spam trend - domains that don't exist?

Steve Freegard steve.freegard at
Sat Apr 18 11:53:47 IST 2009

Kai Schaetzl wrote:
> Ken A wrote on Fri, 17 Apr 2009 19:57:46 -0500:
>> Here's a small sample of the rejected domains:
> They are probably old harvested email addresses, where even the domain or 
> subdomain (noe the many subdomains!) have long been gone.

Yep - not seeing that many here though:

214-2.0.0 070 mail-require-mx=7050 0.65%

So .65% of all MAIL FROM's seen did not have a valid MX record (so the
message could not be replied to) so these would be rejected.

214-2.0.0 071 mail-require-mx-error=22359 2.05%

Although 2.05% got a DNS lookup error (e.g. dead or broken DNS servers)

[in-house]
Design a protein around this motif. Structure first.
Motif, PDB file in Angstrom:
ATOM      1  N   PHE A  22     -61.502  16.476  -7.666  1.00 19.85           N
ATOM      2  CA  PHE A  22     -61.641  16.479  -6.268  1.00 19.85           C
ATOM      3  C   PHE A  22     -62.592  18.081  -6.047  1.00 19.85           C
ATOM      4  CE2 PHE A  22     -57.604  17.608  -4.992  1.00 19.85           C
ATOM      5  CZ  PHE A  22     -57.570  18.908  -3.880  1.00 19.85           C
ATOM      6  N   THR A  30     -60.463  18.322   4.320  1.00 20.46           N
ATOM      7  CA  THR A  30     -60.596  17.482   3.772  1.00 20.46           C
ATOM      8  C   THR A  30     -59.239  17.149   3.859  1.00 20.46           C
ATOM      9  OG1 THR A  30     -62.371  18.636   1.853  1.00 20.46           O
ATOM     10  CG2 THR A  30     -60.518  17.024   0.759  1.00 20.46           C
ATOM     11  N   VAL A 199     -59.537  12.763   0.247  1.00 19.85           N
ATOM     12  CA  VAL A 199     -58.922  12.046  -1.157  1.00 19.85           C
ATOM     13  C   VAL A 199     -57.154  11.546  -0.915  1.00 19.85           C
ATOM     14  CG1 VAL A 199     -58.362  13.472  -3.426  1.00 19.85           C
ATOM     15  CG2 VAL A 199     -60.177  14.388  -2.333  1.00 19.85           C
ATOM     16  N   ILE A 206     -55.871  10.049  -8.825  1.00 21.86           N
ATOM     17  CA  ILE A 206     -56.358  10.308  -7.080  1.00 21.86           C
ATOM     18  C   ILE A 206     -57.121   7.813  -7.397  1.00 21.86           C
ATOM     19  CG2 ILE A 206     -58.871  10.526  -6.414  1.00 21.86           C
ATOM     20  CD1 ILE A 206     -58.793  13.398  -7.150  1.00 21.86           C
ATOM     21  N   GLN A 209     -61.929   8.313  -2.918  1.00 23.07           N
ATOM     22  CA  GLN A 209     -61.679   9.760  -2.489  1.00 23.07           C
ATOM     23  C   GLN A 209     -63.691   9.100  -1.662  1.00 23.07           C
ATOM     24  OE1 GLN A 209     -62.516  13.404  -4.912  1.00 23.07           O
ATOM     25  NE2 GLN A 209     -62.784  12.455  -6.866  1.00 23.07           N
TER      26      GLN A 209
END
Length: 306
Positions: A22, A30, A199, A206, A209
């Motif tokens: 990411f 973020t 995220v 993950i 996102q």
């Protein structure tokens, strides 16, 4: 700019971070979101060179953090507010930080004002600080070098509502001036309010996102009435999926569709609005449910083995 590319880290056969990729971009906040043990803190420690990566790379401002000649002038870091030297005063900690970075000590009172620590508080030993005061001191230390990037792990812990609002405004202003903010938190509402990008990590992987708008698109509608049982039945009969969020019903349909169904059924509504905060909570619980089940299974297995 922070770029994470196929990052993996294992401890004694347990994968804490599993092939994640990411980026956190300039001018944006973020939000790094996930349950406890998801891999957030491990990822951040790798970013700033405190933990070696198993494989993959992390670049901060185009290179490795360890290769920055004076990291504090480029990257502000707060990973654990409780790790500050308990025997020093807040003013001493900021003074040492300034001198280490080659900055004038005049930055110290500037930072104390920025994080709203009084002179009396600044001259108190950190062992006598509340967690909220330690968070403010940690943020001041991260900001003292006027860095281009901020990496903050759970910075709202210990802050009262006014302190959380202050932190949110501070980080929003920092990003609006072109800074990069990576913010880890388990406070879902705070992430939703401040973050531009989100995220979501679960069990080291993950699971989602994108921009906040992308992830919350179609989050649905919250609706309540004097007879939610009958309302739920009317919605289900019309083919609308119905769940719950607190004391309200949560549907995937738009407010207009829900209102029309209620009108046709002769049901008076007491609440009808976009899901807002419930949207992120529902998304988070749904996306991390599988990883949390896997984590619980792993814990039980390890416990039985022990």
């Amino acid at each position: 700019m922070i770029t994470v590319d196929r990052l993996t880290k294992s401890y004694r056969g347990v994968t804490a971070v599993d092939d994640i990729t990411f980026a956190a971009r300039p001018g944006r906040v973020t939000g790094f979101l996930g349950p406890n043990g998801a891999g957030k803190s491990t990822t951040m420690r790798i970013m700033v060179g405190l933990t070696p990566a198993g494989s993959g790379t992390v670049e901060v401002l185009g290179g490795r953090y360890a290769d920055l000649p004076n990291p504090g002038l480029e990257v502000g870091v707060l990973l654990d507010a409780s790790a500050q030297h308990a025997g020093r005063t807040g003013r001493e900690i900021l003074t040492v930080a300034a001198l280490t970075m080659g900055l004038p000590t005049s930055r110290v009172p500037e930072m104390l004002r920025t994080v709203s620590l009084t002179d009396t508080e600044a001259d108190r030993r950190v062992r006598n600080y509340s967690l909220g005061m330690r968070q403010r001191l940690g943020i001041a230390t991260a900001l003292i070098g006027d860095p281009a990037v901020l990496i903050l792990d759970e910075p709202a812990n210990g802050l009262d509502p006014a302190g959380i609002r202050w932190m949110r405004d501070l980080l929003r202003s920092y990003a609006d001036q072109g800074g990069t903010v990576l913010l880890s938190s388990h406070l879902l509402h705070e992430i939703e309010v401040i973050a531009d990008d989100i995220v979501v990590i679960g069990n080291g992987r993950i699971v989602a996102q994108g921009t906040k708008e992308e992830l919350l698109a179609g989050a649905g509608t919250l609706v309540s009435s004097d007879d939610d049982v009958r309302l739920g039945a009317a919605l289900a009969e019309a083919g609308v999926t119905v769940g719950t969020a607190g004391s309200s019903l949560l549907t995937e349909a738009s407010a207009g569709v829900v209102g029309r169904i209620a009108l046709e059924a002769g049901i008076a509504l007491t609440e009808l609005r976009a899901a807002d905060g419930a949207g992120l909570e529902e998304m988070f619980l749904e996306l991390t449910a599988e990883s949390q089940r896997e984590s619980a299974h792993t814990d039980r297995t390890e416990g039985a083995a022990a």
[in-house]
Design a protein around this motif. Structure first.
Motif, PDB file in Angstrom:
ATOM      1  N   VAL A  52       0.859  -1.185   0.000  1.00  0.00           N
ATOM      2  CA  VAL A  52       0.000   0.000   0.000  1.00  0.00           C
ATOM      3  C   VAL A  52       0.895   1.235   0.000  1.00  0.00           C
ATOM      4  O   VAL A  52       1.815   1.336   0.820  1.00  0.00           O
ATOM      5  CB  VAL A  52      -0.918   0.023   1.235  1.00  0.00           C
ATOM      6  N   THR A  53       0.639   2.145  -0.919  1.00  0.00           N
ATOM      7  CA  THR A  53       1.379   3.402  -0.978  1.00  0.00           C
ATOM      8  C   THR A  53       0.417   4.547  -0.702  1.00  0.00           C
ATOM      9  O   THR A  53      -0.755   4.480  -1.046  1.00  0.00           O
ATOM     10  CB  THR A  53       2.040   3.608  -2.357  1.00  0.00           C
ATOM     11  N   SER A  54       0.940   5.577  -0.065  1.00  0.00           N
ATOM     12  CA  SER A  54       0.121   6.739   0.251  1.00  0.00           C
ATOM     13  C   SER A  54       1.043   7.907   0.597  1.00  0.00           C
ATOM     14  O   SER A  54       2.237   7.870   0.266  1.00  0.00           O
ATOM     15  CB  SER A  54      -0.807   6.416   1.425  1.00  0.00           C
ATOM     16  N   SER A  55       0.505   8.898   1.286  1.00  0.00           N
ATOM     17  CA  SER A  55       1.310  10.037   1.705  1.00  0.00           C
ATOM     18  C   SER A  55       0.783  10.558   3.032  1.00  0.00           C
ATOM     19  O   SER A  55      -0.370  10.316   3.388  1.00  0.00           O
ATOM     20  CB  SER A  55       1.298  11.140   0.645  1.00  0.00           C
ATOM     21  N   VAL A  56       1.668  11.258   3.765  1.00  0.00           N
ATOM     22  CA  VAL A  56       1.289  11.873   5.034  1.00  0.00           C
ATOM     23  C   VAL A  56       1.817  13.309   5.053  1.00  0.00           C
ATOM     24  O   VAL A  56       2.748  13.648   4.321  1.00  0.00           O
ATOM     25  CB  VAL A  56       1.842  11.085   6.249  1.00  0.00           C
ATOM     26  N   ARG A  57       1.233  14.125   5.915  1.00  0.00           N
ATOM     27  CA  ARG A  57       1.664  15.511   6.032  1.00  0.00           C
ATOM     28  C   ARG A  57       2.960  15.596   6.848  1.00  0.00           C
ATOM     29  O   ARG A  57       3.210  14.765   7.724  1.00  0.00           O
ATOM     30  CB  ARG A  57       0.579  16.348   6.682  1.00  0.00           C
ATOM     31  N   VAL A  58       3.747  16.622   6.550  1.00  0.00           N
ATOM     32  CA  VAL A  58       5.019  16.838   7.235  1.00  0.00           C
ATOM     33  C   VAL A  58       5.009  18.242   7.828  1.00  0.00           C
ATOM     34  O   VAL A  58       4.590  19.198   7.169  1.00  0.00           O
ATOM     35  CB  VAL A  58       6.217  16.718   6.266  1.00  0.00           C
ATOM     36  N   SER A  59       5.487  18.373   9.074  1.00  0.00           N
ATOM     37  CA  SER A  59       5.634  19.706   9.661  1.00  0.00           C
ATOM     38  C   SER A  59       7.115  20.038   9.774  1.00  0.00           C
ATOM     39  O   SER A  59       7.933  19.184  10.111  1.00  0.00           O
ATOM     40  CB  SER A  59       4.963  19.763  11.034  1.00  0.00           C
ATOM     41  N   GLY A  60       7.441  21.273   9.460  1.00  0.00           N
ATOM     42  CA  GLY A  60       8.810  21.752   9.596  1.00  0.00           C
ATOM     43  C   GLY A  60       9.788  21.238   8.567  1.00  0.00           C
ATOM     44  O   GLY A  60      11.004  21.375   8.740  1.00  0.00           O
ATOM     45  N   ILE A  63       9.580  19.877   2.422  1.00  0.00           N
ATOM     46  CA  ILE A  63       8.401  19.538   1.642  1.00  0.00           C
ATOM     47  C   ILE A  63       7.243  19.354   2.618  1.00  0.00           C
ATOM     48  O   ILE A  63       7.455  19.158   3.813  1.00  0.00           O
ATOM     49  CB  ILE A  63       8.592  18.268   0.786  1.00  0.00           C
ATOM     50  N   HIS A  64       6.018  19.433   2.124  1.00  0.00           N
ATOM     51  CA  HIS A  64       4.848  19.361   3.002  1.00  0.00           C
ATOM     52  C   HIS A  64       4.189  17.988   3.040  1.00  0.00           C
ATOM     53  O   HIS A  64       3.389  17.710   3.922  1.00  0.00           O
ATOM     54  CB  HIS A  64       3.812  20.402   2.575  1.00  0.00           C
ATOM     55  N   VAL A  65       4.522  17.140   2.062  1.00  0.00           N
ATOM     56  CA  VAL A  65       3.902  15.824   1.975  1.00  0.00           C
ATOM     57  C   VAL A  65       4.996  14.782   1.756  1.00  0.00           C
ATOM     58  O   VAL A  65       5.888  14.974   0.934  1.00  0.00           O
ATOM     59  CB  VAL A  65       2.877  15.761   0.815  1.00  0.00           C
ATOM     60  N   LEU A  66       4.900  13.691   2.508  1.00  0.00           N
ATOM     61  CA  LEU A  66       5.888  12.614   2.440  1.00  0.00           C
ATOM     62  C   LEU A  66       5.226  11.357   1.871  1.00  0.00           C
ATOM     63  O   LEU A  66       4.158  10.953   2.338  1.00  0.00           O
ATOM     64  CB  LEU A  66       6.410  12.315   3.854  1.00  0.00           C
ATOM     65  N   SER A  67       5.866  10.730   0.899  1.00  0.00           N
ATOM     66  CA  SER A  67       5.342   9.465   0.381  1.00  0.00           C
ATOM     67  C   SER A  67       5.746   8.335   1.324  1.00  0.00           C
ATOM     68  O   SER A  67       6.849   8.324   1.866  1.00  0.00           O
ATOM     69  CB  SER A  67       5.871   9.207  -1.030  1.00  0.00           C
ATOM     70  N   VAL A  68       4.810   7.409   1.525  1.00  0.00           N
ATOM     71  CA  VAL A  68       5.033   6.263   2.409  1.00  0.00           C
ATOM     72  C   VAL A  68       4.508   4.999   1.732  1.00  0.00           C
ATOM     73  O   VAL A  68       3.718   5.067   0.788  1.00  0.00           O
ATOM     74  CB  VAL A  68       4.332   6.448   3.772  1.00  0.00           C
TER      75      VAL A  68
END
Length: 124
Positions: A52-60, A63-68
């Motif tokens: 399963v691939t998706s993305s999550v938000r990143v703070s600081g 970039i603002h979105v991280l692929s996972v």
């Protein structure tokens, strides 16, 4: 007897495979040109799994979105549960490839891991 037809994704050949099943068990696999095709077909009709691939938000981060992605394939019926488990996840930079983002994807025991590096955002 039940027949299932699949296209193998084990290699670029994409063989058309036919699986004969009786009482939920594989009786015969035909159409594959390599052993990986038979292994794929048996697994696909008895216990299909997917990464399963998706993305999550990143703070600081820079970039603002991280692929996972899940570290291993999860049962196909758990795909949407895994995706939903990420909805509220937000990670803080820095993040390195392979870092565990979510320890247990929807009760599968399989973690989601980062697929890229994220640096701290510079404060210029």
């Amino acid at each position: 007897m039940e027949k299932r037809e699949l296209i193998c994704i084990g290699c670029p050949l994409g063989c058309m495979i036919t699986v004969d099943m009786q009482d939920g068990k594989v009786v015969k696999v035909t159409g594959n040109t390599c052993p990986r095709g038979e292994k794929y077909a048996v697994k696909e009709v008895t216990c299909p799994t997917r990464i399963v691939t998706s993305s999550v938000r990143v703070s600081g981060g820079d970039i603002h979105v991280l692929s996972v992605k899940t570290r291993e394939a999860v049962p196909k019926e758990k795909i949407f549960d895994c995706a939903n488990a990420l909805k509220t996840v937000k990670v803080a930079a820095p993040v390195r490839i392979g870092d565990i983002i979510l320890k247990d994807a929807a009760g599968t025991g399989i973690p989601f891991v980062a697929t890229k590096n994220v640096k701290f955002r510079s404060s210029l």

and these would therefore be tempfailed.

> What I find strange is that many bots send non-existing domains in HELO's. 

You don't have to send a valid domain in a HELO as long as it isn't a
bareword or a bare IP address (e.g. not a domain literal).

Typically the hostname of the machine is used for the HELO argument, so
you'll legitimately see things like 'host.domain.local' and
'' or other stuff due to internal DNS namespaces from
Active Directory and the like leaking out via the HELO/EHLO.

Top HELO's here:

   2997 h="<my host name>"  <--- Hosts HELOing as my own hostname
    782 h="localhost"
    141 h="dsldevice.lan"
    105 h="speedtouch.lan"

Obviously all of these are blockable as they aren't legitimate hostnames
for a remote mail server (e.g. the hostname is not going to be
dsldevice.lan or speedtouch.lan; the bot is just using the domain name
supplied by the DHCP service on these devices to evade detection within
that network).


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